Veteran Congress leader S.M. Krishna Wednesday dubbed the "(Narendra) Modi wave" in Karnataka a cosmetic creation of a desperate BJP.
"There is no sign of Modi or BJP wave anywhere in the country, state and city unlike in the past when there were two natural waves in favour of our leaders Indira Gandhi in 1971 and Rajiv Gandhi in 1984. "Whereas the 'Modi wave' is a creation of vested interests as it is not seen or felt on the ground," the former chief minister of Karnataka told reporters here.
The 81-year-old Rajya Sabha lawmaker, who was India's external affairs minister in the UPA-II from 2009 to 2012, also questioned the verdict of opinion polls, which projected NDA emerging as the single largest alliance and a severe drubbing for the ruling UPA.
"Don't get carried away by opinion polls as they could badly go wrong as in the past. People are wise to decide whom to vote. They are watching silently and will cast their valuable votes for the Congress April 17," Krishna said at his residence.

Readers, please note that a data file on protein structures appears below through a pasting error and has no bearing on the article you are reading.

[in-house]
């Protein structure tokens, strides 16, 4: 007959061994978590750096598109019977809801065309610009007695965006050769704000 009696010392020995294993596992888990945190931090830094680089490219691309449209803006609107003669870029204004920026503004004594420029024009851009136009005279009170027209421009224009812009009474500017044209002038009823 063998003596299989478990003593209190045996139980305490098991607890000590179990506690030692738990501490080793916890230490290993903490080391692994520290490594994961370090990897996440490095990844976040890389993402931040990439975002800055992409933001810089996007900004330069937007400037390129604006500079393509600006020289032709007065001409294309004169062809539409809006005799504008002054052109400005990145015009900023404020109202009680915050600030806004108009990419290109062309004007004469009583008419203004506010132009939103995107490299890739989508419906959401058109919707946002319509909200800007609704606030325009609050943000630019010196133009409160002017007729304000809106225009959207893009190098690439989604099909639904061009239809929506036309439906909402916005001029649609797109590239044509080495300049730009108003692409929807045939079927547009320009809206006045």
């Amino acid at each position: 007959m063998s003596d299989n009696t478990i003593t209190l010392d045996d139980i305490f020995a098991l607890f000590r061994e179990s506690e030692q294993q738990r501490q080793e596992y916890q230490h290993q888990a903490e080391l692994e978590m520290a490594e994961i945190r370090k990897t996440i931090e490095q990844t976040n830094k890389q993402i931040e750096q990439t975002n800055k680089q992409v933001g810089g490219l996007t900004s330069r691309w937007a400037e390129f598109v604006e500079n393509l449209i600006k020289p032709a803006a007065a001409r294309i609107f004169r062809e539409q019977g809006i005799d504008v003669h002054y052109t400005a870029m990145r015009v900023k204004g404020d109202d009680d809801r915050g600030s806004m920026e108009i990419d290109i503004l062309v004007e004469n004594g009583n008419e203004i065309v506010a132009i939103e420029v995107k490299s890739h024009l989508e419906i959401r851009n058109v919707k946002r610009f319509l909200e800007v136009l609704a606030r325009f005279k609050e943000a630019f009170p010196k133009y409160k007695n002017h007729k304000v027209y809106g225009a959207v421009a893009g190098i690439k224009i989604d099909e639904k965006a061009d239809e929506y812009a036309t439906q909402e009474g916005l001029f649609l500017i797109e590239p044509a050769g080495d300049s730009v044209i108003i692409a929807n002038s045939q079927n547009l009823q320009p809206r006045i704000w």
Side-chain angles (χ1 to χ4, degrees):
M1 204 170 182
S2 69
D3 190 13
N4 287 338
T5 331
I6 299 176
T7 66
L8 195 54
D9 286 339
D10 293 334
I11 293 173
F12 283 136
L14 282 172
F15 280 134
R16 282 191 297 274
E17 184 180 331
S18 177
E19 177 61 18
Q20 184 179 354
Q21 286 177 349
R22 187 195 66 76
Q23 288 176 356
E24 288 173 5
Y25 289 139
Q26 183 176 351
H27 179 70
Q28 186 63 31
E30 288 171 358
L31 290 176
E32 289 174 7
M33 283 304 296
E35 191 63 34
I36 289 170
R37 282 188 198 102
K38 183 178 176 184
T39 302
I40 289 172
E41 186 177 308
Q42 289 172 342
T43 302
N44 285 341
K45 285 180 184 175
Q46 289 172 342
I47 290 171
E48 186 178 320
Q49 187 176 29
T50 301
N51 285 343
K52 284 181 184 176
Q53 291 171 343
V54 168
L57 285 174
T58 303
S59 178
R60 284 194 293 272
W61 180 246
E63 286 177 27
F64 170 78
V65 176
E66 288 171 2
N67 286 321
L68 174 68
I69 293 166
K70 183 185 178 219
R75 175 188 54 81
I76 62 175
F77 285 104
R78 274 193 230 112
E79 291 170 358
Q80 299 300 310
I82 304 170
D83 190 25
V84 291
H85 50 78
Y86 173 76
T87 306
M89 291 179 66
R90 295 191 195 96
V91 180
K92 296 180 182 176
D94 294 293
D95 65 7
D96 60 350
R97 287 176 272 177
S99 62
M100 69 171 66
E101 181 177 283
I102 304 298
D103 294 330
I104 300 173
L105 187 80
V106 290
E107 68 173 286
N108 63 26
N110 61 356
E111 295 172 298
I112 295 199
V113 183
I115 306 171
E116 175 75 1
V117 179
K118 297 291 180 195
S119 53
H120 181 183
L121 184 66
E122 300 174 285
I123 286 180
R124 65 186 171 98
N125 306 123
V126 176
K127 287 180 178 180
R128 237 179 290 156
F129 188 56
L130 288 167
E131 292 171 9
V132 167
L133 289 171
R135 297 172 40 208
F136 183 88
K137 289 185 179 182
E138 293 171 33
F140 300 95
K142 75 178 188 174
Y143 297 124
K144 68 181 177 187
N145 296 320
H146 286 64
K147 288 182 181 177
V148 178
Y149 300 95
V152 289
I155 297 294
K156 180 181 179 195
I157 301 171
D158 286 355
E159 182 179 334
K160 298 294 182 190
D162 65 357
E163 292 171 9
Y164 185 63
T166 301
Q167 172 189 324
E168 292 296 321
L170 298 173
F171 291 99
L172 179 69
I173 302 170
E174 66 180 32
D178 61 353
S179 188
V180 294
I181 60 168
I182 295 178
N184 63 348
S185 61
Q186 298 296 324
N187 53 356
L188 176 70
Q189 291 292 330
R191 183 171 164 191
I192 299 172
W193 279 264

He expressed confidence the ruling Congress would win at least 20 of the 28 seats in the state.
Krishna said as people were benefiting from the welfare schemes of the central and the state governments, they would repose faith in the Congress in this election as they did in the 2013 assembly polls.
"You will know our inherent strength and faith in the electorate May 16 when votes will be counted not only in our state, but across the country," Krishna asserted. In the 2009 general elections, Congress won only six parliamentary seats, while the BJP bagged 19 and Janata Dal-Secular three.
Referring to the charge that the UPA government was dented with scams and graft charges, Krishna said they were being investigated and the guilty would not be spared.
Defending the party for giving tickets to tainted leaders like former railway minister P.K. Bansal and ex-chief minister of Maharashtra Ashok Chavan, Krishna said they were allowed to contest as per law since they were only accused and not convicted.
Krishna who was also governor of Maharashtra (2004-08), regretted the Aam Aadmi Party had forfeited its legitimate right to govern Delhi with the Congress support.
"Had AAP continued instead of quitting office hastily after 49 days, it would have earned more respect and support of the people. Though it brought some fresh air into the political theatre, it squandered the opportunity due to the inexperience of its leaders," he noted.